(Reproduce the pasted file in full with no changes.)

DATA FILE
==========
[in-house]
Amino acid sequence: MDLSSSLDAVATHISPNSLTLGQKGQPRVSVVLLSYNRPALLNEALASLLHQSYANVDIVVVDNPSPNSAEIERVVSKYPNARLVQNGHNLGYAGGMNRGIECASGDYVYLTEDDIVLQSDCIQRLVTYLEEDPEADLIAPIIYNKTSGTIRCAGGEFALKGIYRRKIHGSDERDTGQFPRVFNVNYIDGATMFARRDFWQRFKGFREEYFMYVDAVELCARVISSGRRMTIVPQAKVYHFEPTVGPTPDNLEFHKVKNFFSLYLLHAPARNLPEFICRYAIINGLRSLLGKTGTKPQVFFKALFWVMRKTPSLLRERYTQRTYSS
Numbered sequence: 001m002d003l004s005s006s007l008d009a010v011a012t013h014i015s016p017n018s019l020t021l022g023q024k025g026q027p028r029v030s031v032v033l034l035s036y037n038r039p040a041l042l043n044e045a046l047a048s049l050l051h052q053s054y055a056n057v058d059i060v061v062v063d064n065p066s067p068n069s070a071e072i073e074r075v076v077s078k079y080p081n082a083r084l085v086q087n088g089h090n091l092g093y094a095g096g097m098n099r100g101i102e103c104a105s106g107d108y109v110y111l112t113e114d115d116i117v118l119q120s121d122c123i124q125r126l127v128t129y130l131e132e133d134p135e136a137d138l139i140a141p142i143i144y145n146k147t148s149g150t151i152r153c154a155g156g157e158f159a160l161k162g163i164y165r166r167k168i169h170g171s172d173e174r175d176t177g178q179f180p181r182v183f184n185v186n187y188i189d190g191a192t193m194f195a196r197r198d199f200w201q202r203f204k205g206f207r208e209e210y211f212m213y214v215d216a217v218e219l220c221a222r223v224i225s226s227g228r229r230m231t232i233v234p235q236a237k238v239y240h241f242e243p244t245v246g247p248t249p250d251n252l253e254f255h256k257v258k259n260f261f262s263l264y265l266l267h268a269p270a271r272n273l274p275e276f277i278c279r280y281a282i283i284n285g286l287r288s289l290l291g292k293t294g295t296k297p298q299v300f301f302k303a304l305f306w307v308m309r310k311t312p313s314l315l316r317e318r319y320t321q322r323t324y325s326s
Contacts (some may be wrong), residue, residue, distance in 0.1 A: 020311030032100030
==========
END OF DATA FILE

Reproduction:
[in-house]
Amino acid sequence: MDLSSSLDAVATHISPNSLTLGQKGQPRVSVVLLSYNRPALLNEALASLLHQSYANVDIVVVDNPSPNSAEIERVVSKYPNARLVQNGHNLGYAGGMNRGIECASGDYVYLTEDDIVLQSDCIQRLVTYLEEDPEADLIAPIIYNKTSGTIRCAGGEFALKGIYRRKIHGSDERDTGQFPRVFNVNYIDGATMFARRDFWQRFKGFREEYFMYVDAVELCARVISSGRRMTIVPQAKVYHFEPTVGPTPDNLEFHKVKNFFSLYLLHAPARNLPEFICRYAIINGLRSLLGKTGTKPQVFFKALFWVMRKTPSLLRERYTQRTYSS
Numbered sequence: 001m002d003l004s005s006s007l008d009a010v011a012t013h014i015s016p017n018s019l020t021l022g023q024k025g026q027p028r029v030s031v032v033l034l035s036y037n038r039p040a041l042l043n044e045a046l047a048s049l050l051h052q053s054y055a056n057v058d059i060v061v062v063d064n065p066s067p068n069s070a071e072i073e074r075v076v077s078k079y080p081n082a083r084l085v086q087n088g089h090n091l092g093y094a095g096g097m098n099r100g101i102e103c104a105s106g107d108y109v110y111l112t113e114d115d116i117v118l119q120s121d122c123i124q125r126l127v128t129y130l131e132e133d134p135e136a137d138l139i140a141p142i143i144y145n146k147t148s149g150t151i152r153c154a155g156g157e158f159a160l161k162g163i164y165r166r167k168i169h170g171s172d173e174r175d176t177g178q179f180p181r182v183f184n185v186n187y188i189d190g191a192t193m194f195a196r197r198d199f200w201q202r203f204k205g206f207r208e209e210y211f212m213y214v215d216a217v218e219l220c221a222r223v224i225s226s227g228r229r230m231t232i233v234p235q236a237k238v239y240h241f242e243p244t245v246g247p248t249p250d251n252l253e254f255h256k257v258k259n260f261f262s263l264y265l266l267h268a269p270a271r272n273l274p275e276f277i278c279r280y281a282i283i284n285g286l287r288s289l290l291g292k293t294g295t296k297p298q299v300f301f302k303a304l305f306w307v308m309r310k311t312p313s314l315l316r317e318r319y320t321q322r323t324y325s326s
Contacts (some may be wrong), residue, residue, distance in 0.1 A: 020311030032100030